There are two main reasons that you'd put an external filter on your camera: the first is that the filter does something to the image, like making the sky darker or making the scene warmer or cooler, and the second is simply to protect the camera lens and make cleaning the camera lens easier.
Haze Filters: Dude, keep your thumb off my lens!
So-called UV or haze filters are clear and supposedly help cut through haze and fog though most people just use them to keep dirt off of their lenses. It’s easier to clean a flat piece of filter glass than it is to clean the curved surface of your lens. A lot of people have UV filters on all their lenses – I’m somewhat neutral on the subject, but if you’re going to keep your camera in a bag with your house keys, it really can’t hurt.
Neutral Density Filters: Someone turn down the sun!
If you’re using a fancy DSLR with interchangeable lenses, like Nikon’s D800, you get the option to use fantastic, very fast lenses like Nikon’s 85mm f/1.4, or even the venerable, inexpensive workhorse, the 50mm f/1.8, and get really shallow depth of field. One problem is that there may actually be too much light for you to open up to get that great out of focus background.
When you’ve lowered your ISO as much as you can and raised your shutter speed as much as you dare, neutral density, or ND, filters can come to your rescue. They’re basically just sunglasses for you camera which cut down on the amount of light getting in without changing the color temperature. ND filters are rated by the amount of light they block and you can stack them to block more and more light. Back in ye-olden days when it was difficult to shoot in low light conditions, directors often shot what is known as day-for-night by stopping down the camera, and adding ND filters. The camera operator would significantly under-expose the video, making it sort of vaguely look like it is night-time while everybody is bathed in the harsh shadows of the midday sun. The only reason you’d probably do that today would be if you’re making a parody; previous day-for-nighters have found their attempts lambasted on Mystery Science Theater 3000.
Polarizing Filters: Begone reflections, hello beautiful skies!
Polarizers block light coming in from certain directions; two advantages are making skies bluer and reducing reflections. Almost all polarizers today are circular – meaning that you can turn them like a dial and watch the skies get bluer and the glare on windows and in water go away. It’s a bit miraculous. This is definitely one of the filters you should have in your kit.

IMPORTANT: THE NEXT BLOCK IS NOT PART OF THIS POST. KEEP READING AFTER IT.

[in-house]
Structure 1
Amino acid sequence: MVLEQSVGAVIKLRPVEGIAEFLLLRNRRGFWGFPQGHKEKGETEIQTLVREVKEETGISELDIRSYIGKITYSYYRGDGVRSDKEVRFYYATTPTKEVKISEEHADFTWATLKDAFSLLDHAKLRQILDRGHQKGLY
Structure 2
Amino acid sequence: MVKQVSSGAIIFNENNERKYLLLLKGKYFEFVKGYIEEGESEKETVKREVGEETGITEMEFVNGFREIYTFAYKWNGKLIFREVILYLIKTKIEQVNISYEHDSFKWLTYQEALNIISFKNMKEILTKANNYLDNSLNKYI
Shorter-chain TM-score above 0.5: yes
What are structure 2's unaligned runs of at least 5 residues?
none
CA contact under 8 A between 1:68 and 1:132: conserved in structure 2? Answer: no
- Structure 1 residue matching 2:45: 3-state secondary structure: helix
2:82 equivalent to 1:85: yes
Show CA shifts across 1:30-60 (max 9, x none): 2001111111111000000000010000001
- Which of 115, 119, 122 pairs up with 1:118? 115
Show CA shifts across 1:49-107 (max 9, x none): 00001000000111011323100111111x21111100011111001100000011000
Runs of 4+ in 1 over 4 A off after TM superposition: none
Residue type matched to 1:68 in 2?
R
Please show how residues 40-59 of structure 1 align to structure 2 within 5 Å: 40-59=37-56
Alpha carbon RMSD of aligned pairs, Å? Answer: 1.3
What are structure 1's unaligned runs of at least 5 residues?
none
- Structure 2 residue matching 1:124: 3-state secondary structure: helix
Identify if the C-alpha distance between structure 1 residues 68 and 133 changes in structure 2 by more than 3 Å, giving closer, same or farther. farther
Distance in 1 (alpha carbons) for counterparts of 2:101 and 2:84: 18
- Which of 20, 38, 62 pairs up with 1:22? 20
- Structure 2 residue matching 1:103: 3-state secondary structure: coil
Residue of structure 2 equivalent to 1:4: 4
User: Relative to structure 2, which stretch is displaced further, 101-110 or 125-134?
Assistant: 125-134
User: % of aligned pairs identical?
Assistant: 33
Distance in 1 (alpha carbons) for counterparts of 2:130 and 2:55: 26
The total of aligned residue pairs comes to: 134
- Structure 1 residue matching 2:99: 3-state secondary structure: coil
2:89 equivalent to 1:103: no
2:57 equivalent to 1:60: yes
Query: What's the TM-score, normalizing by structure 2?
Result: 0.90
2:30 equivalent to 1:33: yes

Star Filters: Or how to get laughed out of Dodge.
So-called star filters have intersecting hash marks scored onto their surface and the effect is to make light-rays shoot out of points of light, like reflections on diamonds or street lights. The number of rays is determined by the number of hash marks scored on the surface of the filter.
Star filters had a brief heyday in the 1970s when they were used for romantic scenes with candles and fireplaces in UHF television K-Tel record commercials. They’re pretty much universally thought to be goofy today though they’re still manufactured for some reason.
A cousin to the star filter, the soft focus filter is also terribly dated. Extremely popular in 1960s TV, a soft focus filter was often used to make the heroine look dreamy. Grace Lee Whitney, who played the Kirk-dazzled Yeoman Rand in the Star Trek TV series rarely escaped a scene without a soft-focus filter. Often homemade, soft focus filters were typically either a clear filter with some petroleum jelly wiped over the surface of it, or an ordinary stocking stretched over the front of the camera. Today, if you’re feeling like you ought to be using soft focus, you can also add it in post with something like Final Cut Pro or with Tiffen’s diffusion filters.
Graduated Filters: Just a little off the top, please!
Graduated filters are filters whose effect is stronger on one part of the lens and gradually drops off. Typically they’re used for darkening an over-bright sky while keeping things on the ground lighter. They’re extremely common in movies. Watch for a darkening horizon that moves along with the camera, rather than the sky and you’ll start noticing them everywhere. Most graduated filters are of the neutral density variety but some come in colors. The tobacco colored graduated filter enjoyed some popularity in western movies in the 1970s but has largely fallen out of favor except in the occasional science fiction film. Used right, it can enhance the golden colors to a washed out sunset.
What size filter to get?
Filters come in various thread sizes depending on how big your lens is. This can be a real pain when you need to buy four of each type to fit your various lenses. One way around this is to buy a system of filters from a company like Cokin that have unthreaded filters and a variety of threaded filter holders that you can drop them into. Another way is to buy oversized filters and do-them-yourself by attaching them to smaller lenses either by just holding them there, with wire, rubber bands or gaffer’s tape. (If you really have to go the taping route, go for gaffer’s tape, duct tape – has too much sticky residue!)
Filters can help get it right in camera – while a number of them can be simulated in post, it’s a lot easier to fix your sky while you’re filming it with a polarizer than it is to try to correct it frame by frame later. Check out some other Videomaker articles about filters: www.videomaker.com/article/14957 and www.videomaker.com/article/158.
Contributing Editor Kyle Cassidy is a visual artist who writes extensively about technology.